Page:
new SqlParameter("@AID", AssignmentID),
                        new SqlParameter("@ID", ToolkitID)
                        );
                }
                finally
                {
                    db.Dispose();
                }
            }
        }









That's it! It's super fast, and there is no mucking about in Entity
Framework. NOTE that all the EF validity checking is skipped when you
do this, so use it in cases where it's a simple SQL and you can ensure
data integrity yourself. In my case, there is no way to get in this
routine without valid values in both params, so I know I won't get
surprised with a stray NULL.


---
This email has been checked for viruses by Avast antivirus software.
https://www.avast.com/antivirus

Friday, June 3, 2016

MVC - JQuery Prompt User to Save Modified Page.

I had users clicking off my page while doing data entry, and I needed to make sure they didn't forget to save their modifications.

 

Here is a simple example HTML page that implements a rudimentary check.  This is not tested for all data types.   Enjoy.

 

 

<!DOCTYPE html PUBLIC "-//W3C//DTD HTML 4.01 Transitional//EN" "http://www.w3.org/TR/html4/loose.dtd">

<html xmlns="http://www.w3.org/1999/xhtml">

<head>

    <title> Safe Exit Test </title>

    <script src="http://code.jquery.com/jquery-1.11.0.min.js"></script>

</head>

 

<body>

    <form action="">

        <input type="number" name="value" />

        <input type="submit" name="commit" />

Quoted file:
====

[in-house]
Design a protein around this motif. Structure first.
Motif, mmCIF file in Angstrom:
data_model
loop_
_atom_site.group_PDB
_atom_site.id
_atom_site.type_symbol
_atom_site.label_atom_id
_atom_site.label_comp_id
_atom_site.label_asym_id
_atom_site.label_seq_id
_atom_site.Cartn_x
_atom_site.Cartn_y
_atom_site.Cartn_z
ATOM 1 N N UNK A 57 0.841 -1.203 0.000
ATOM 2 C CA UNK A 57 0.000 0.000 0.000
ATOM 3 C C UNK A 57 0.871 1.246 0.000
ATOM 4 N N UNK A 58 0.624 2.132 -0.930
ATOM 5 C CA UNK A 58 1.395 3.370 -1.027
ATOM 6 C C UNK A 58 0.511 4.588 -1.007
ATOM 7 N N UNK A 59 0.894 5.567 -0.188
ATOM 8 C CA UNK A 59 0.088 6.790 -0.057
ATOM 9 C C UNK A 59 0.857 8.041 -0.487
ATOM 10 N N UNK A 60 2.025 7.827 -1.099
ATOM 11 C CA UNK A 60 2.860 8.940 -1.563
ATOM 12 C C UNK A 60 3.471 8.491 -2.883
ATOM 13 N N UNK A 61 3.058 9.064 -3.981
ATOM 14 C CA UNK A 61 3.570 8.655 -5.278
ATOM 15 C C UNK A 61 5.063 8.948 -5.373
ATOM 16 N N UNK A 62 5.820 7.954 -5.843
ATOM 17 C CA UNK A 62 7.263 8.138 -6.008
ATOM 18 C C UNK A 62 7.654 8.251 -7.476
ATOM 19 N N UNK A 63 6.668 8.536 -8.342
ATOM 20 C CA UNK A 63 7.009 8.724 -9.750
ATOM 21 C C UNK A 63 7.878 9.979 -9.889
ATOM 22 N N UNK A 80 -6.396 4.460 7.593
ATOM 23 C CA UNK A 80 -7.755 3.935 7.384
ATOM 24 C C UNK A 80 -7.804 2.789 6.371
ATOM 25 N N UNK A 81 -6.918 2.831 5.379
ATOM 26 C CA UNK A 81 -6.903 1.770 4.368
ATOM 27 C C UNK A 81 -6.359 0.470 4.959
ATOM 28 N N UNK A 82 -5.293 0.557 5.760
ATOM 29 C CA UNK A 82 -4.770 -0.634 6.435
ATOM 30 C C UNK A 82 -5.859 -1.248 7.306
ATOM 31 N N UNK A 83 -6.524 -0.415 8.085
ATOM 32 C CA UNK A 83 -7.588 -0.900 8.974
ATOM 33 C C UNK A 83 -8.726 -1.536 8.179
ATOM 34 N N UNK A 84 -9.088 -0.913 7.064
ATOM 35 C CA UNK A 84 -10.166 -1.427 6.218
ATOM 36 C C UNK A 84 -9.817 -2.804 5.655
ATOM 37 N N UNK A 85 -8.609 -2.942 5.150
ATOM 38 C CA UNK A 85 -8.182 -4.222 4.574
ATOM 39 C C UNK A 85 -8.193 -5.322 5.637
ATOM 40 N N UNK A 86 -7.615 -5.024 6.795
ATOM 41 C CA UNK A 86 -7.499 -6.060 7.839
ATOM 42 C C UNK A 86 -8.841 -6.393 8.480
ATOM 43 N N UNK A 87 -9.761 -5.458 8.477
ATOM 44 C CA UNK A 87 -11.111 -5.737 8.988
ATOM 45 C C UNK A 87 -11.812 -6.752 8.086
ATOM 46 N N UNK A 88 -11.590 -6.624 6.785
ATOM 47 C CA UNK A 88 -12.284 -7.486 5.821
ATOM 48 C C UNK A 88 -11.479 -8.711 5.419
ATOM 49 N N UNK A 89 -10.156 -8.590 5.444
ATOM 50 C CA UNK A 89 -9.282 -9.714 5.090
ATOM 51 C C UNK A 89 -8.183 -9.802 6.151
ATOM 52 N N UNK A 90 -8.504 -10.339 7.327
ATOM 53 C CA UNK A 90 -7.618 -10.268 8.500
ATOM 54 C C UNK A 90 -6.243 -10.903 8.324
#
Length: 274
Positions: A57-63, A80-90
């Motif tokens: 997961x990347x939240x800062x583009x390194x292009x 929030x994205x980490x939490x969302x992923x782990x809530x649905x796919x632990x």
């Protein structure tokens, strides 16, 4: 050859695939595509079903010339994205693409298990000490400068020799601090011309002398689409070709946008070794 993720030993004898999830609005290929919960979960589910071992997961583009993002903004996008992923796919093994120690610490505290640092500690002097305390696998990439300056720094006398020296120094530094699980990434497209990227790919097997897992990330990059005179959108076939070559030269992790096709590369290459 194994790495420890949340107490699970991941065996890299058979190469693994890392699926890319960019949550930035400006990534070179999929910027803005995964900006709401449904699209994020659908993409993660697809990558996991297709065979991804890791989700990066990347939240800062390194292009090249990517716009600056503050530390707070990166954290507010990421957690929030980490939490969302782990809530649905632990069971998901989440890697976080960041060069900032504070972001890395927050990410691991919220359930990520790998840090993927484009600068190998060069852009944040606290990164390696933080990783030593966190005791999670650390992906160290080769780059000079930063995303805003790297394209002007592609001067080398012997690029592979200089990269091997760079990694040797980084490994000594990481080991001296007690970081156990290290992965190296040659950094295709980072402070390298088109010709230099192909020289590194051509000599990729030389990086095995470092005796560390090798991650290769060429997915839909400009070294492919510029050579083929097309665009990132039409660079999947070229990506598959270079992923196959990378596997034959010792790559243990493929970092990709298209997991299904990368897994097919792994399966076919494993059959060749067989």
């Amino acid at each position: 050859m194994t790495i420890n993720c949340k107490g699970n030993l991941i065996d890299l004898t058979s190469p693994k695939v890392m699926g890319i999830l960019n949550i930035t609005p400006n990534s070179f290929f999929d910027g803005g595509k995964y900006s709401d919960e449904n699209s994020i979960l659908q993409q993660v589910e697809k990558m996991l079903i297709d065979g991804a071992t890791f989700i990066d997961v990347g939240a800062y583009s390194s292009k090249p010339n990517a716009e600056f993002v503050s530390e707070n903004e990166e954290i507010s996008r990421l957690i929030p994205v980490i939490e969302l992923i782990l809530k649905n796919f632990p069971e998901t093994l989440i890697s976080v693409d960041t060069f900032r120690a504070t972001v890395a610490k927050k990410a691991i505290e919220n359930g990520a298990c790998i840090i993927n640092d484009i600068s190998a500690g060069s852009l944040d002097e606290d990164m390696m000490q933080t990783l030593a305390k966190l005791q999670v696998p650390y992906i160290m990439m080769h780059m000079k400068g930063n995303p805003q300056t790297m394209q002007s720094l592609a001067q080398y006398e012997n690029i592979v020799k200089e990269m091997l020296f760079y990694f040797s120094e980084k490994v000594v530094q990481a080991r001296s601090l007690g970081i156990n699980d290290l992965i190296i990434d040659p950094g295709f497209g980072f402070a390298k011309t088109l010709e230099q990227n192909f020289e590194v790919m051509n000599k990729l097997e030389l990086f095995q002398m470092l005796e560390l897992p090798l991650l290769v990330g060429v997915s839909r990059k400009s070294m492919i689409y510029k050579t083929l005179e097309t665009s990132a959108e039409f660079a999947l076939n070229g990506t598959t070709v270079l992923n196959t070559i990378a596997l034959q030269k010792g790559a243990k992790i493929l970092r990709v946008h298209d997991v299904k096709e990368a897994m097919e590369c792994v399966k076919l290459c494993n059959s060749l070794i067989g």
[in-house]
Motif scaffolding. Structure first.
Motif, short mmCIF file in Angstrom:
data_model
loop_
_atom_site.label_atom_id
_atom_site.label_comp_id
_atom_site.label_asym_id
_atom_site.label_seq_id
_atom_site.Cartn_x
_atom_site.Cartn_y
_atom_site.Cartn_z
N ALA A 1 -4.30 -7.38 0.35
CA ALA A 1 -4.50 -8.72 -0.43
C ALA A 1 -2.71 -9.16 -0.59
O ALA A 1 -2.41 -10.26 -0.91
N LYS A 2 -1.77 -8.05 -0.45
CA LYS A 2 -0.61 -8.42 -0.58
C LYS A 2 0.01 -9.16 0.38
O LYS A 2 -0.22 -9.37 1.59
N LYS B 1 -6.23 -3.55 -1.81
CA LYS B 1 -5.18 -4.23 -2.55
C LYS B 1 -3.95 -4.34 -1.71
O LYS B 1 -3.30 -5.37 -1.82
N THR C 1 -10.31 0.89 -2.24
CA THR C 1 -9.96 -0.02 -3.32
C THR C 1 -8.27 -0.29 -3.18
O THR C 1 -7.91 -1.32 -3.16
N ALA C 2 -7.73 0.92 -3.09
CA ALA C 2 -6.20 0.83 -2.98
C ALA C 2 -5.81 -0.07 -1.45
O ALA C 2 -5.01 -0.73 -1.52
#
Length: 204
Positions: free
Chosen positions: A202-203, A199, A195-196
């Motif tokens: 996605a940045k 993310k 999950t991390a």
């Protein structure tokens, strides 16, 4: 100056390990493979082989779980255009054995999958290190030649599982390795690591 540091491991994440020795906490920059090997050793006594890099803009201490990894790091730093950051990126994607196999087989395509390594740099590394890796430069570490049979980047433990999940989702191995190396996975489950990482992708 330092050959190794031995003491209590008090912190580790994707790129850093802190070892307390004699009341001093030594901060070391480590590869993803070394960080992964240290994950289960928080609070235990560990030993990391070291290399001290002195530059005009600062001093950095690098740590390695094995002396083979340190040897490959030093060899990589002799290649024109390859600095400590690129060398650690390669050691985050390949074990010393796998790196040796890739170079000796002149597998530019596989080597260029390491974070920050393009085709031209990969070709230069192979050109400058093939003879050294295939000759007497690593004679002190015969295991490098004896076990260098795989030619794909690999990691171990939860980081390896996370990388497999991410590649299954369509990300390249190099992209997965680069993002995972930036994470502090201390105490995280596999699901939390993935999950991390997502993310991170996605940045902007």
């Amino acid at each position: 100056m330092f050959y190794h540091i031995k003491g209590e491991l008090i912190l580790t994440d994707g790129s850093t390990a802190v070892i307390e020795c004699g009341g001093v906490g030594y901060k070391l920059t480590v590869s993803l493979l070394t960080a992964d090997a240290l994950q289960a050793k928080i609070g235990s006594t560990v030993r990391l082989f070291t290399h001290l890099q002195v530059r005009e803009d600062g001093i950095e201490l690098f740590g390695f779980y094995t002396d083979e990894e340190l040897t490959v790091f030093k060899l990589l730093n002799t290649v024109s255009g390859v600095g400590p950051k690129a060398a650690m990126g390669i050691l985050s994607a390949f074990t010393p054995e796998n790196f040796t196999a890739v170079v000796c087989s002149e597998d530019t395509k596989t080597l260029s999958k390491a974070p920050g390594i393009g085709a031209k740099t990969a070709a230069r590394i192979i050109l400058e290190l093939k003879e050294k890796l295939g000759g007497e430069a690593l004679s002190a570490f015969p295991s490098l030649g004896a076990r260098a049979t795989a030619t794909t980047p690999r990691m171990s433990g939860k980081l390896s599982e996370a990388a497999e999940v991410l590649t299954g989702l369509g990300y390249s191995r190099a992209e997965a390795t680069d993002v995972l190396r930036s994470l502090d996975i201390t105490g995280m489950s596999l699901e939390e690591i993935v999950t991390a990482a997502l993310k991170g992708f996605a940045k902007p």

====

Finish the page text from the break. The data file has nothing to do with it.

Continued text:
</form>

 

    <a href="http://209software.com">209software</a>

 

    <script>

        $(document).ready(function () {

            formmodified = 0;

            $('form *').change(function () {

                formmodified = 1;

            });

            window.onbeforeunload = confirmExit;

            function confirmExit() {

                if (formmodified == 1) {

                    return "New information not saved. Do you wish to leave the page?";

                }

            }

            $("input[name='commit']").click(function () {

                formmodified = 0;

            });

        });

    </script>

</body>

</html>

 

Thursday, April 21, 2016

MVC: Comparing old values to postback

I wanted to compare a couple values to their previous values on postback (Edit) to do some special processing.


So rather than put hidden fields on the page with the old values, why not just load the record on postback and do my checking there?  Easy peasy!


Assignment oldAssignment = db.Assignments.Find(assignment.UniqueID);

... then I can make my comparisons:
bool statusBarChg = (CompanyStatusBarSelectList != oldAssignment.StatusBarID);
bool dspChg = (assignment.DSPID != oldAssignment.DSPID);

The only problem is that when I get to my Save(), I get this: